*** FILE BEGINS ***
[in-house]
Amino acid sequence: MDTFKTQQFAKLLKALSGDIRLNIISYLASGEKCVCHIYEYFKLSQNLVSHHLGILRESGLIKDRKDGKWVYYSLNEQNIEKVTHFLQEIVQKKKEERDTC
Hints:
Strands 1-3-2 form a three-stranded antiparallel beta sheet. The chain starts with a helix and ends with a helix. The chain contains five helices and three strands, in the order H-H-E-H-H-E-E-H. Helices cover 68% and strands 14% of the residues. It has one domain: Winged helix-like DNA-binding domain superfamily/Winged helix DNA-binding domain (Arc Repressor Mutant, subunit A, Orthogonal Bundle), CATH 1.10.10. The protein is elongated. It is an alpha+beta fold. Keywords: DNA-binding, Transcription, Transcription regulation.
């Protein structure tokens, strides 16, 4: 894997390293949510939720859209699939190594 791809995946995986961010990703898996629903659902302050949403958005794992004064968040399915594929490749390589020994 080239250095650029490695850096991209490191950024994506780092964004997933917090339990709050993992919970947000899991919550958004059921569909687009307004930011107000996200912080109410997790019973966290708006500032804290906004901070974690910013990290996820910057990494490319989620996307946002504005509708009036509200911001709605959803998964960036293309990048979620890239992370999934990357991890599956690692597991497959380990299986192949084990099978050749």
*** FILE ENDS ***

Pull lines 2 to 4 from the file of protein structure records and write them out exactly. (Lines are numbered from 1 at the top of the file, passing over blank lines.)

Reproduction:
Amino acid sequence: MDTFKTQQFAKLLKALSGDIRLNIISYLASGEKCVCHIYEYFKLSQNLVSHHLGILRESGLIKDRKDGKWVYYSLNEQNIEKVTHFLQEIVQKKKEERDTC
Hints:
Strands 1-3-2 form a three-stranded antiparallel beta sheet. The chain starts with a helix and ends with a helix. The chain contains five helices and three strands, in the order H-H-E-H-H-E-E-H. Helices cover 68% and strands 14% of the residues. It has one domain: Winged helix-like DNA-binding domain superfamily/Winged helix DNA-binding domain (Arc Repressor Mutant, subunit A, Orthogonal Bundle), CATH 1.10.10. The protein is elongated. It is an alpha+beta fold. Keywords: DNA-binding, Transcription, Transcription regulation.